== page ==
Luis Buhler, publisher of BayAreaGOP.com and former vice chair of the Bay Area GOP, delivers the tentative platform to the room.

Things get interesting when the platform’s “equal opportunity” wording comes up.

“The platform committee added language opposing discrimination in housing on the basis of sexual orientation,” Buhler says.

A sudden interruption rings out: “BOOOO!”

Everyone turns to a smug, clean-cut young man sitting in a chair with his arms crossed.

He makes no effort to stand. “BOOO!” he repeats.

Buhler continues, acting unflapped: “That is, by the way, the law of California,” before attempting to move on to other platform details.

But there it is again: “BOO!”

The man, dressed in a sport coat, remains hunkered in his seat.

Buhler persists: “So our platform now is in compliance with the law.”

A few minutes later, immigration comes up.

“The immigration section was clearly the most controversial,” Buhler says. “In total, (it) takes some very conservative, traditional positions of the Republican Party.”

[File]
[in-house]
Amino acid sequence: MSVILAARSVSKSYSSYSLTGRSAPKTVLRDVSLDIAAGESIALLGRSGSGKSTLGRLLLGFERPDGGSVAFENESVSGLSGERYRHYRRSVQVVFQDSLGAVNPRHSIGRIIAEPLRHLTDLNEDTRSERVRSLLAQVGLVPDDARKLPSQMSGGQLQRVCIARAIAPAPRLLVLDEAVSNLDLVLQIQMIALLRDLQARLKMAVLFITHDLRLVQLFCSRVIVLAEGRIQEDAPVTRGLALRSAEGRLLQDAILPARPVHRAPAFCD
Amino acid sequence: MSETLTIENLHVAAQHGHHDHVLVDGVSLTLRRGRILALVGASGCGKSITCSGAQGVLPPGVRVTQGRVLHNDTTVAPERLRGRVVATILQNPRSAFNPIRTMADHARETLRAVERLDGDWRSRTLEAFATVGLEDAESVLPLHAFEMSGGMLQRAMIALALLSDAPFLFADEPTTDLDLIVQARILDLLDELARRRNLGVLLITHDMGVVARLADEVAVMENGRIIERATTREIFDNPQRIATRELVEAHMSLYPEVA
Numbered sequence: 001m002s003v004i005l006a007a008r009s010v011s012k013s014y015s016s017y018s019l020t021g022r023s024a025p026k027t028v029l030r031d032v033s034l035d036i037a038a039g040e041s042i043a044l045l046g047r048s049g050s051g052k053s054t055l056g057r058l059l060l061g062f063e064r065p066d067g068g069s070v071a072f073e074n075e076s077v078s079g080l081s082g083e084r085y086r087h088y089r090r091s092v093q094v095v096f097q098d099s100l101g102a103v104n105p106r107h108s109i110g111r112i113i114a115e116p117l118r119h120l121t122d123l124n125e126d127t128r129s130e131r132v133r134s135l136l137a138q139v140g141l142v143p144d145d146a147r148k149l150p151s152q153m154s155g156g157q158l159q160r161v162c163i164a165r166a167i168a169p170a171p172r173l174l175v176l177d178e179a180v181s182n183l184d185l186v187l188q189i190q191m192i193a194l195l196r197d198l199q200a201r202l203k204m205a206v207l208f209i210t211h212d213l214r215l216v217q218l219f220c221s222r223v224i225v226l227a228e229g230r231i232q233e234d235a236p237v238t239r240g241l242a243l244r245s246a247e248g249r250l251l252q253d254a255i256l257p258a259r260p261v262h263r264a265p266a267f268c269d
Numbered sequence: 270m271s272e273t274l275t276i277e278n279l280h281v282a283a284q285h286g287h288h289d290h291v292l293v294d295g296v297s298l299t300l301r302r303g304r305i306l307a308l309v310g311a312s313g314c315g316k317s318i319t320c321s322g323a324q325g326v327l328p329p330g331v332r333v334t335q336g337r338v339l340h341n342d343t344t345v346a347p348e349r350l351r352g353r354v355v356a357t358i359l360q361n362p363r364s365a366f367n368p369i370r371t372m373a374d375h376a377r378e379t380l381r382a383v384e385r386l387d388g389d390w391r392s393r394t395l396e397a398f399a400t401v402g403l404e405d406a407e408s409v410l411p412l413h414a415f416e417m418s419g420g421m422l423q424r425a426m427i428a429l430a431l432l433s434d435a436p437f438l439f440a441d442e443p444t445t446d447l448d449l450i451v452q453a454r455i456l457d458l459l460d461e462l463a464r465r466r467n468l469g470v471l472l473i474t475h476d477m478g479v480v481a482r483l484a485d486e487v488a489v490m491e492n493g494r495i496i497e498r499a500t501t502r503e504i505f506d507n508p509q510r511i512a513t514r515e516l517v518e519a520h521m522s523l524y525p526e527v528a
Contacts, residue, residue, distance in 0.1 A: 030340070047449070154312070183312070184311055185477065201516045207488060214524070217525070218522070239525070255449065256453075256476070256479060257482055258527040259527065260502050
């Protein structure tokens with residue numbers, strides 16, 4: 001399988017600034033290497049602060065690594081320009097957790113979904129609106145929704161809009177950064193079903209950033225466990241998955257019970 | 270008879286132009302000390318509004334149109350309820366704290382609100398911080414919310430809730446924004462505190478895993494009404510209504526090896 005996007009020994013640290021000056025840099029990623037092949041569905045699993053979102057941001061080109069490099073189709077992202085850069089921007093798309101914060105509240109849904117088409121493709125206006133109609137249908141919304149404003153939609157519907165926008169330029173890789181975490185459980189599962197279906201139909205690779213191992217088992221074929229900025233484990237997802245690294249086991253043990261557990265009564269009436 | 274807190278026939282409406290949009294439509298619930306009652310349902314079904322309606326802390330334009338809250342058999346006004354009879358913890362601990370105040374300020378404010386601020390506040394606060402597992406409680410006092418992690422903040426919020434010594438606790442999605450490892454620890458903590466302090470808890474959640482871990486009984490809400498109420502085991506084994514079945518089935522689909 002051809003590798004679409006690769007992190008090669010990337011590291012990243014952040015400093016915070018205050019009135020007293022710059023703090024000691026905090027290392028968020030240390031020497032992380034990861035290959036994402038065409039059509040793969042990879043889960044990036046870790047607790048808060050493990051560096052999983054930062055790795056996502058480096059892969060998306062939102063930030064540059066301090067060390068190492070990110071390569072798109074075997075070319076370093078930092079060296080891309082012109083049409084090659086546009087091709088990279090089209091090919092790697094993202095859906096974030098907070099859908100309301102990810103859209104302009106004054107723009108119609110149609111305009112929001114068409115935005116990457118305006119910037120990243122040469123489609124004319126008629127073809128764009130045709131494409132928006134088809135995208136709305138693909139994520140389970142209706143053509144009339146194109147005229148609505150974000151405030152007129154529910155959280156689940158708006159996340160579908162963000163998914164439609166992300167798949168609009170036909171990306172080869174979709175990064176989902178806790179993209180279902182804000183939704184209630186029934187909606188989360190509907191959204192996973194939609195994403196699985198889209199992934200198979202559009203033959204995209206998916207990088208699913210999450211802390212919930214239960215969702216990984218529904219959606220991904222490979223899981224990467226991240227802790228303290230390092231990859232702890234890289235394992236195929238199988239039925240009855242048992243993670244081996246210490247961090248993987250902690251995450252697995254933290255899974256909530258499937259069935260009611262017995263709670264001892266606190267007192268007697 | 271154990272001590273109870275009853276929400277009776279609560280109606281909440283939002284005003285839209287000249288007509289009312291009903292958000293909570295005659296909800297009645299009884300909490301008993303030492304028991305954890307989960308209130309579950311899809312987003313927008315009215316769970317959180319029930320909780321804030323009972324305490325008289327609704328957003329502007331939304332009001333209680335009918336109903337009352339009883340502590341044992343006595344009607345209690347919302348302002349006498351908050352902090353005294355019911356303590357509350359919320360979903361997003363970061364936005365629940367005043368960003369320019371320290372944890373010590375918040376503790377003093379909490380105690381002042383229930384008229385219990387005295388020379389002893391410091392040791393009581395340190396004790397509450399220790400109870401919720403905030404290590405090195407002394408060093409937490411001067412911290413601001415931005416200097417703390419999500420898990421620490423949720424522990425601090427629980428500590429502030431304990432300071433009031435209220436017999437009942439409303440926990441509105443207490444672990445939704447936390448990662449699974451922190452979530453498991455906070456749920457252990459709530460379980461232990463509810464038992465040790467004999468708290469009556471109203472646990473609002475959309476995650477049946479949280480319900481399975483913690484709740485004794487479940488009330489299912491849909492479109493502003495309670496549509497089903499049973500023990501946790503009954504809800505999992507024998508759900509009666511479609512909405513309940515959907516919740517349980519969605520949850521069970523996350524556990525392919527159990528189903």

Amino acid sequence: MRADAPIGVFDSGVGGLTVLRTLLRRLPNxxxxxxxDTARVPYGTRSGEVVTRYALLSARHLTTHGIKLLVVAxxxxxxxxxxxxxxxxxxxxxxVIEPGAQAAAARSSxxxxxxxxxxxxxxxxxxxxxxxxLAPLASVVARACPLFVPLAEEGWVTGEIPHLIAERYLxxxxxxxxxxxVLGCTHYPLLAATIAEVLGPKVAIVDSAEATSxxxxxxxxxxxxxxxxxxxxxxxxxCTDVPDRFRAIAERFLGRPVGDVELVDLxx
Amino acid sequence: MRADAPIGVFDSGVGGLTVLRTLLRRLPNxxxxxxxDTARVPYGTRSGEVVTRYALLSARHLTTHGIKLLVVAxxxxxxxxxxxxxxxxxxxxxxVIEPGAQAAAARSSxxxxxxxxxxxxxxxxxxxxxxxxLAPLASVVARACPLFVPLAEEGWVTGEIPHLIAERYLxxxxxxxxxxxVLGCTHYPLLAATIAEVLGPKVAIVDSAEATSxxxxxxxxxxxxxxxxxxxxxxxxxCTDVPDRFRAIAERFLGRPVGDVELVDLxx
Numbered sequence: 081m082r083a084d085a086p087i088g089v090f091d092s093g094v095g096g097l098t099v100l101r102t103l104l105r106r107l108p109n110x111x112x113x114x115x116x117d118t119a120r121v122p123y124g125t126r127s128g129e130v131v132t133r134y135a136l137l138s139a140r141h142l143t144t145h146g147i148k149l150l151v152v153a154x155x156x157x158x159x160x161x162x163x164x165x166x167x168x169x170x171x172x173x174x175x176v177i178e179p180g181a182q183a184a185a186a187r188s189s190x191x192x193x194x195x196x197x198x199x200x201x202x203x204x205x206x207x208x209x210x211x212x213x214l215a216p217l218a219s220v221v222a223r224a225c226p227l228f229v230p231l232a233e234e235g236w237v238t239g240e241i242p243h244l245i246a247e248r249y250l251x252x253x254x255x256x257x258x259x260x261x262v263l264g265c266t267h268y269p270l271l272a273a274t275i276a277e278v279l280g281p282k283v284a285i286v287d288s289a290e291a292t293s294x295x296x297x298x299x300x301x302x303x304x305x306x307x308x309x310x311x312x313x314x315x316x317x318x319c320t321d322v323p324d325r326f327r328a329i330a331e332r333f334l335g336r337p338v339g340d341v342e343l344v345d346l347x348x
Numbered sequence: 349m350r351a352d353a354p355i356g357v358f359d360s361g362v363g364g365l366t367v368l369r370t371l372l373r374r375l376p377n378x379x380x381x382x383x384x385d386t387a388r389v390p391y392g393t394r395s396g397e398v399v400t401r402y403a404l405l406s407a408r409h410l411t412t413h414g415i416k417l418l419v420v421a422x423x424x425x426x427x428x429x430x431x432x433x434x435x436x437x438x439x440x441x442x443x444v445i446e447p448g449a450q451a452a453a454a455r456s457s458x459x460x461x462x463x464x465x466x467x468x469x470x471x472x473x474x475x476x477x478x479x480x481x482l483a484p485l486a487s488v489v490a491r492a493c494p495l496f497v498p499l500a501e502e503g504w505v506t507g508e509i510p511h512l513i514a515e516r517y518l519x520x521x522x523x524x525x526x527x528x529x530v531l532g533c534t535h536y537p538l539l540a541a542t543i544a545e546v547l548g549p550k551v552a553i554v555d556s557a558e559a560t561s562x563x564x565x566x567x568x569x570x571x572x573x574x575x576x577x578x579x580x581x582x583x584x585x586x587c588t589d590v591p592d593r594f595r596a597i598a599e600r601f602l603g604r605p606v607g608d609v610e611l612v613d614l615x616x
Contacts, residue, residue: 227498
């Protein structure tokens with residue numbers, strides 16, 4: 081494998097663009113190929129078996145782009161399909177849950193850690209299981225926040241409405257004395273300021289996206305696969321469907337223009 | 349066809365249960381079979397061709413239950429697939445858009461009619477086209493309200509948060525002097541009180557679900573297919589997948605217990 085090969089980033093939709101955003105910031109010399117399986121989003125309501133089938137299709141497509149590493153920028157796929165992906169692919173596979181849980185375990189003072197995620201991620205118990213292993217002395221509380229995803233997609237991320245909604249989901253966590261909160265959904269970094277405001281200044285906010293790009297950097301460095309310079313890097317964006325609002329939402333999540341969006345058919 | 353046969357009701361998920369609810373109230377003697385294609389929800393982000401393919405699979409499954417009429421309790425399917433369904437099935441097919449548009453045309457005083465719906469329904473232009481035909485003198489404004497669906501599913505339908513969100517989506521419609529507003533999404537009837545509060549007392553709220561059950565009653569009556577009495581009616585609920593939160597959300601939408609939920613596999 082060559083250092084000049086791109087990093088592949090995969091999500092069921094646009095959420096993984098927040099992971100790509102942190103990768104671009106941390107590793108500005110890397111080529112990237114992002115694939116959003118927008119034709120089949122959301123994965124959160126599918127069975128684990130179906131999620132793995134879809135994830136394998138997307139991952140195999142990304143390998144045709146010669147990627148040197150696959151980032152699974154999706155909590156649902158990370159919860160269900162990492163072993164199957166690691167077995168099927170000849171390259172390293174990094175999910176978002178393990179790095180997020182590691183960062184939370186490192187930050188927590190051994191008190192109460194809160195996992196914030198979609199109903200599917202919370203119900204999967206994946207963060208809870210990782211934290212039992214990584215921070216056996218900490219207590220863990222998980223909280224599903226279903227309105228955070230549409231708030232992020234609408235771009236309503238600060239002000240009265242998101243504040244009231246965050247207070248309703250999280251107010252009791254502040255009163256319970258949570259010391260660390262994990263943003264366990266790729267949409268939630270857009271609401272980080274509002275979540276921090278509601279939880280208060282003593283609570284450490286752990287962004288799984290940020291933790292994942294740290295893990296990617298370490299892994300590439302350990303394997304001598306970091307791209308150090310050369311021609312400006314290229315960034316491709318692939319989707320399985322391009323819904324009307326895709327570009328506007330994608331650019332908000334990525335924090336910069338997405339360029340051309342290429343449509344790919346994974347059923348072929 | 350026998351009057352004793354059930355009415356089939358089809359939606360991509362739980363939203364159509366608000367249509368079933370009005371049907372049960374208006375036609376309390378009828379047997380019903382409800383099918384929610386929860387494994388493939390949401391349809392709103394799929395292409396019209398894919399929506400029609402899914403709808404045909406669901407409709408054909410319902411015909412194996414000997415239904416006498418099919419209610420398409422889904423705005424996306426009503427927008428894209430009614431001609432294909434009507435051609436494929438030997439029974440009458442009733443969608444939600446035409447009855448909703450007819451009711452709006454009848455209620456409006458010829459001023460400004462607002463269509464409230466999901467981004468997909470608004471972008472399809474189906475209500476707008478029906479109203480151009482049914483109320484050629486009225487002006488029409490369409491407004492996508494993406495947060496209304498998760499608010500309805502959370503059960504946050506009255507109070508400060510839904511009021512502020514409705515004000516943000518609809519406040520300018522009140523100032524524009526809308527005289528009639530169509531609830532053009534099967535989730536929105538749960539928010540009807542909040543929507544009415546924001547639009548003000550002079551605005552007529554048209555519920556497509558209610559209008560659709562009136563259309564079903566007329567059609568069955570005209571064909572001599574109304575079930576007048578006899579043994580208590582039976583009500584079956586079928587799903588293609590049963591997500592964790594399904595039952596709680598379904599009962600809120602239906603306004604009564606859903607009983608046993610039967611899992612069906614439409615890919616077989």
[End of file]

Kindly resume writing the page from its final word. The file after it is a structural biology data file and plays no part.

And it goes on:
The young Republican regains his voice.

“Bullshit!”

Another smartly dressed man approaches the heckler from behind, taps him on the shoulder and says, “You need to be respectful.”

All eyes go back to Buhler, but seconds later, the heckler erupts. “Really? Really? I’ll leave, I don’t need security.”

As he walks out he says, “Bye! Go be Democrats!”

A man near the door gives the heckler a piece of his mind. “Where’s your bed?” he says, seemingly suggesting the heckler is a child, or too drunk—or both.

Leaving the room, the heckler turns.

“Liberals!” he yells.

Buhler, meanwhile, has never stopped talking: “… but it does call for language, English and English only, as the language of government.”